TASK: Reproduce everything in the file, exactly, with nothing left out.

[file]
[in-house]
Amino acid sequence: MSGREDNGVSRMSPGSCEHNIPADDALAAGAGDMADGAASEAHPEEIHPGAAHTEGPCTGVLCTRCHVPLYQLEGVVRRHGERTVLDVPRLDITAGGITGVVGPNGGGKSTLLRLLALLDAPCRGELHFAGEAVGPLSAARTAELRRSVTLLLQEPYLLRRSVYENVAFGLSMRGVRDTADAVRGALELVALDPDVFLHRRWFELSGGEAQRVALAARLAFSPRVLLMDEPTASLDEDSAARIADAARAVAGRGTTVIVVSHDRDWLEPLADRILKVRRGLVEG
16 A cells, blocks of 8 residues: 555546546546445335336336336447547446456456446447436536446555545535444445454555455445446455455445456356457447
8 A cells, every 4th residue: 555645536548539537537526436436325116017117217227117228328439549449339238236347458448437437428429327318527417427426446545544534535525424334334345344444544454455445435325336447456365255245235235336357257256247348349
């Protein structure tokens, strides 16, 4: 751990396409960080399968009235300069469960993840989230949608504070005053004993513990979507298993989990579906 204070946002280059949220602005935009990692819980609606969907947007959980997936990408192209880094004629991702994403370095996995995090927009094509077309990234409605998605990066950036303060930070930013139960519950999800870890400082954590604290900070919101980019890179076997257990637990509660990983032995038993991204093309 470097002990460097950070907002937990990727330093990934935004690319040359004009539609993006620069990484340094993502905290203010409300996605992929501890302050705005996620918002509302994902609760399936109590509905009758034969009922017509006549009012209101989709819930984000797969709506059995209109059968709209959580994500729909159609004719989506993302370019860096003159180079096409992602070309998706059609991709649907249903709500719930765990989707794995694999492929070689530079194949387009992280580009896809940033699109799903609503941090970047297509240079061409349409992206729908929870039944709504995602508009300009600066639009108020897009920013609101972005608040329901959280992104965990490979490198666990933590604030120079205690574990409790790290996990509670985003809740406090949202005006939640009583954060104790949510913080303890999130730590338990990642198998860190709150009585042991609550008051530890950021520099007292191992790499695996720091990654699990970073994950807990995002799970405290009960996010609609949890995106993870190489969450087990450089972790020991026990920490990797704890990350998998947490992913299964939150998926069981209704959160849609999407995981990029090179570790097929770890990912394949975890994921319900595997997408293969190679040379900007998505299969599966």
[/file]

[in-house]
Amino acid sequence: MSGREDNGVSRMSPGSCEHNIPADDALAAGAGDMADGAASEAHPEEIHPGAAHTEGPCTGVLCTRCHVPLYQLEGVVRRHGERTVLDVPRLDITAGGITGVVGPNGGGKSTLLRLLALLDAPCRGELHFAGEAVGPLSAARTAELRRSVTLLLQEPYLLRRSVYENVAFGLSMRGVRDTADAVRGALELVALDPDVFLHRRWFELSGGEAQRVALAARLAFSPRVLLMDEPTASLDEDSAARIADAARAVAGRGTTVIVVSHDRDWLEPLADRILKVRRGLVEG
16 A cells, blocks of 8 residues: 555546546546445335336336336447547446456456446447436536446555545535444445454555455445446455455445456356457447
8 A cells, every 4th residue: 555645536548539537537526436436325116017117217227117228328439549449339238236347458448437437428429327318527417427426446545544534535525424334334345344444544454455445435325336447456365255245235235336357257256247348349
């Protein structure tokens, strides 16, 4: 751990396409960080399968009235300069469960993840989230949608504070005053004993513990979507298993989990579906 204070946002280059949220602005935009990692819980609606969907947007959980997936990408192209880094004629991702994403370095996995995090927009094509077309990234409605998605990066950036303060930070930013139960519950999800870890400082954590604290900070919101980019890179076997257990637990509660990983032995038993991204093309 470097002990460097950070907002937990990727330093990934935004690319040359004009539609993006620069990484340094993502905290203010409300996605992929501890302050705005996620918002509302994902609760399936109590509905009758034969009922017509006549009012209101989709819930984000797969709506059995209109059968709209959580994500729909159609004719989506993302370019860096003159180079096409992602070309998706059609991709649907249903709500719930765990989707794995694999492929070689530079194949387009992280580009896809940033699109799903609503941090970047297509240079061409349409992206729908929870039944709504995602508009300009600066639009108020897009920013609101972005608040329901959280992104965990490979490198666990933590604030120079205690574990409790790290996990509670985003809740406090949202005006939640009583954060104790949510913080303890999130730590338990990642198998860190709150009585042991609550008051530890950021520099007292191992790499695996720091990654699990970073994950807990995002799970405290009960996010609609949890995106993870190489969450087990450089972790020991026990920490990797704890990350998998947490992913299964939150998926069981209704959160849609999407995981990029090179570790097929770890990912394949975890994921319900595997997408293969190679040379900007998505299969599966």